An earwig on a leaf  - pest or predator (or both)?
An earwig on a leaf – pest or predator (or both)?

So we take a different approach.

Rather than focusing on the insects themselves, we focus on protecting our fruit and our fruit trees from damage.

The methodology we use, both on the farm and in our ebook What’s Bugging My Fruit? is not to try getting rid of the bugs (which is usually impossible, frustrating and expensive), but to understand their life cycle and look for vulnerabilities where we can often use small, easy, physical interventions to stop them doing damage to our precious fruit. Over many years of growing fruit organically we’ve found this method much more effective.

So when you’re doing your weekly inspections of your fruit trees, look for bugs, but also look for damage on the fruit and the trees, because that’s what will guide you as to the appropriate prevention techniques.

A spined predatory shield bug
A spined predatory shield bug

Hello peaches…

Anzac peaches need thinning
Anzac peaches need thinning

The Anzac peaches (one of the first to flower at our place) have set a good crop as usual, and it’s time to start thinning.

This is a good time of year to start assessing the impact of a couple of common diseases that can play havoc with our fruit trees, often without our realising it. 

You’ll also be thinning your apricots soon (if you haven’t already started), so while you’re doing so, it’s a good time to be looking our for signs of blossom blight in your tree.

Castlebrite apricot tree with blossom blight
Castlebrite apricot tree with blossom blight

Even though this disease does most damage when the tree is flowering, it can also affect the fruit that has set – because the disease that causes blossom blight also causes brown rot.

It’s not unusual to see remnants of it alongside healthy apricots, if you’ve had a mild case.

Flowers infected with blossom blight
Flowers infected with blossom blight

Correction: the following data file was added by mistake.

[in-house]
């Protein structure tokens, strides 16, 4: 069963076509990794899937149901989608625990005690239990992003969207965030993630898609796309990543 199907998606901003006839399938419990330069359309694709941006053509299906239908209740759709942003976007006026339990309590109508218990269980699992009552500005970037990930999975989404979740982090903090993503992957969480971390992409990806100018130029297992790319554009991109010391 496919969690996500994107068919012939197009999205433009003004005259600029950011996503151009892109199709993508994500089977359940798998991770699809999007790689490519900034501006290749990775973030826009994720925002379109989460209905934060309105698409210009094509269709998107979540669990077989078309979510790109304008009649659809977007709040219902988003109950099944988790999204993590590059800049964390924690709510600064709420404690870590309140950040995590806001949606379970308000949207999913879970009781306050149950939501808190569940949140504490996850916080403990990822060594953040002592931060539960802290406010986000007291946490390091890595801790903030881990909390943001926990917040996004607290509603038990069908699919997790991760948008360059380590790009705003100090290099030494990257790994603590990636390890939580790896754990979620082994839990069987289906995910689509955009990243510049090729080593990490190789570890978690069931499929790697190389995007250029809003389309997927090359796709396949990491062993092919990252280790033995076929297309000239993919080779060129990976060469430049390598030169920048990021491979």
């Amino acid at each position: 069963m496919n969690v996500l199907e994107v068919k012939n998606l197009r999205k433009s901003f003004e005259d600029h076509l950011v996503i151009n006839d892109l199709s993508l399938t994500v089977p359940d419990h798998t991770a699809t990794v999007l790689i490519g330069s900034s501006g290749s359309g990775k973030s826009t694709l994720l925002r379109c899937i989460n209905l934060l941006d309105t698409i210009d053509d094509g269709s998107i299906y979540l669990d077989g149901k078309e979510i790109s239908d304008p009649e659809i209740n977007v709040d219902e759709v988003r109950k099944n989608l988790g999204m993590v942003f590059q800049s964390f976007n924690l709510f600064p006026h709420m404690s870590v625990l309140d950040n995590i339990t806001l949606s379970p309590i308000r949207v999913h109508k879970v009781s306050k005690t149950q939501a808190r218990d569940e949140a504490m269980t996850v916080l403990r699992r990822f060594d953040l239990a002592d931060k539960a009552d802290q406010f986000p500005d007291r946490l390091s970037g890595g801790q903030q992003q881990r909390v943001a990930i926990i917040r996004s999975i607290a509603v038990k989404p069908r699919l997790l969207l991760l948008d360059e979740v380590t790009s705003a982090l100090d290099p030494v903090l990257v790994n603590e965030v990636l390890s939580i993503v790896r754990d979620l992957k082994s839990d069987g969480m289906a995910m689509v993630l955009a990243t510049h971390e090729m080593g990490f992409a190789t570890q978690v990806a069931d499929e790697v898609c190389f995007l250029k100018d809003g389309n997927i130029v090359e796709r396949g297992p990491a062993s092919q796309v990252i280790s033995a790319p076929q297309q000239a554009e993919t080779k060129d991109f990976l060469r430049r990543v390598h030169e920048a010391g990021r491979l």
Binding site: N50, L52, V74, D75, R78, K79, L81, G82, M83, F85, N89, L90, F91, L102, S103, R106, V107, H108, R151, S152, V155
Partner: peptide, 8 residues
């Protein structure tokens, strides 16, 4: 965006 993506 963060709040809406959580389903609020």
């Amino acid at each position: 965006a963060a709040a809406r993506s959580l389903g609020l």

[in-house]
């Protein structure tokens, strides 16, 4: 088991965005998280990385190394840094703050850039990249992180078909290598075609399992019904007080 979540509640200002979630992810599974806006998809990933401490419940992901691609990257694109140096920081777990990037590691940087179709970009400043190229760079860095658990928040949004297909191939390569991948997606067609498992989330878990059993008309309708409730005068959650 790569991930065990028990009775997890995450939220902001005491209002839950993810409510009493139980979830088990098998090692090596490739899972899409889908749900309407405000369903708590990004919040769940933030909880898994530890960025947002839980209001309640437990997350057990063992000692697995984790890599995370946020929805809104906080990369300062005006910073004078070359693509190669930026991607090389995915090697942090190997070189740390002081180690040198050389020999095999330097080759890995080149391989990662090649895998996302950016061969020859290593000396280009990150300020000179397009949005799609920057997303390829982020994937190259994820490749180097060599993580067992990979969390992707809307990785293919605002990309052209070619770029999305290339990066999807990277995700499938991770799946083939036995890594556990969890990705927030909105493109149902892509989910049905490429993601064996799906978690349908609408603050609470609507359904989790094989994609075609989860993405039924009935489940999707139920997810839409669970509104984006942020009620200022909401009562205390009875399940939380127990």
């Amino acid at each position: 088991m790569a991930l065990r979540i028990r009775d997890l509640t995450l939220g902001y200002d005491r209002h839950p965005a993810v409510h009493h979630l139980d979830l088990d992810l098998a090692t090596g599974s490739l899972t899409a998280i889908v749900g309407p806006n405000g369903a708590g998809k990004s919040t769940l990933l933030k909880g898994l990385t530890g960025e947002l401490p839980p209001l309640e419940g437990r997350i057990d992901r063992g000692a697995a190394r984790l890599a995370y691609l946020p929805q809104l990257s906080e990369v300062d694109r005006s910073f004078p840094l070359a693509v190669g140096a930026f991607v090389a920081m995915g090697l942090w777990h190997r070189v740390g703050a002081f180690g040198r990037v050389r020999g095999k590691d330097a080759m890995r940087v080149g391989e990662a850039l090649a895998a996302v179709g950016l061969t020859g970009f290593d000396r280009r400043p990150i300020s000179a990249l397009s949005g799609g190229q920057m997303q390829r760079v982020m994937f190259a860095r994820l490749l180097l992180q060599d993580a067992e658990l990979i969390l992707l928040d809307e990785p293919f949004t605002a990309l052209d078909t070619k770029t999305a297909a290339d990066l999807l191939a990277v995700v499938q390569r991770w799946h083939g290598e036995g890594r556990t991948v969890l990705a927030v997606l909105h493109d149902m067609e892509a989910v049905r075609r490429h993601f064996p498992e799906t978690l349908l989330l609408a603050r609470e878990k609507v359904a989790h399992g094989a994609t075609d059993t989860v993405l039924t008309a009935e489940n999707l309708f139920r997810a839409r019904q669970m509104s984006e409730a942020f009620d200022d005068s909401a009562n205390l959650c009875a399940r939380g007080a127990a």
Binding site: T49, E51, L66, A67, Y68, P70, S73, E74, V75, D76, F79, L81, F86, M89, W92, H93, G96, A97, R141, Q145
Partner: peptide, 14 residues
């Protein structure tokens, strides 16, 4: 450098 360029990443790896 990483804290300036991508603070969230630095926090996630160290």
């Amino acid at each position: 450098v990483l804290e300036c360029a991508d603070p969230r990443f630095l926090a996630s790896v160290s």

If you notice any of these diseased flowers on your apricot tree and you also have healthy fruit, it’s a good idea to knock or prune any diseased flowers and shoots off, for two reasons.

The first is that they can contribute to disease outbreaks next year, but the more urgent reason is that the pathogen that causes blossom blight also causes brown rot later in the season, and developing fruit is very vulnerable, as you can see in the following photo:

Photo showing Brown rot infection of a young apricot (blue arrow) that started from a flower that died due to Blossom blight infection (red arrow)
Photo showing Brown rot infection of a young apricot (blue arrow) that started from a flower that died due to Blossom blight infection (red arrow)

The other disease to check for is leaf curl, which is usually fairly obvious, the red leaves are a dead giveaway.

Leaf curl on a peach tree
Leaf curl on a peach tree

Only peaches and nectarines are affected by this tree, and if you’ve had a really bad case, it can also affect the fruit, so this is another thing to be looking out for while you’re thinning because you may as well pull the infected fruit off.

Affected fruit looks like this:

Leaf curl infection on a Goldmine nectarine
Leaf curl infection on a Goldmine nectarine

It’s not uncommon to end up with one of these infections despite having sprayed, which is super annoying.

There’s a couple of potential reasons for this. The first is that you may not have the right spray equipment for the size of the job you need to do – you can review the various options in this short course (because if you’ve gone to the trouble and effort of spraying, it would be really good to make sure it’s going to work!)

The second reason is that you may not have got the timing quite right, and the right conditions were in place for the fungal disease to take hold in the tree unimpeded.

Of course the long term aim is to get our orchard and trees healthy enough so they don’t need spraying, but while we’re building this biodiverse paradise, a bit of crop protection can go a long way!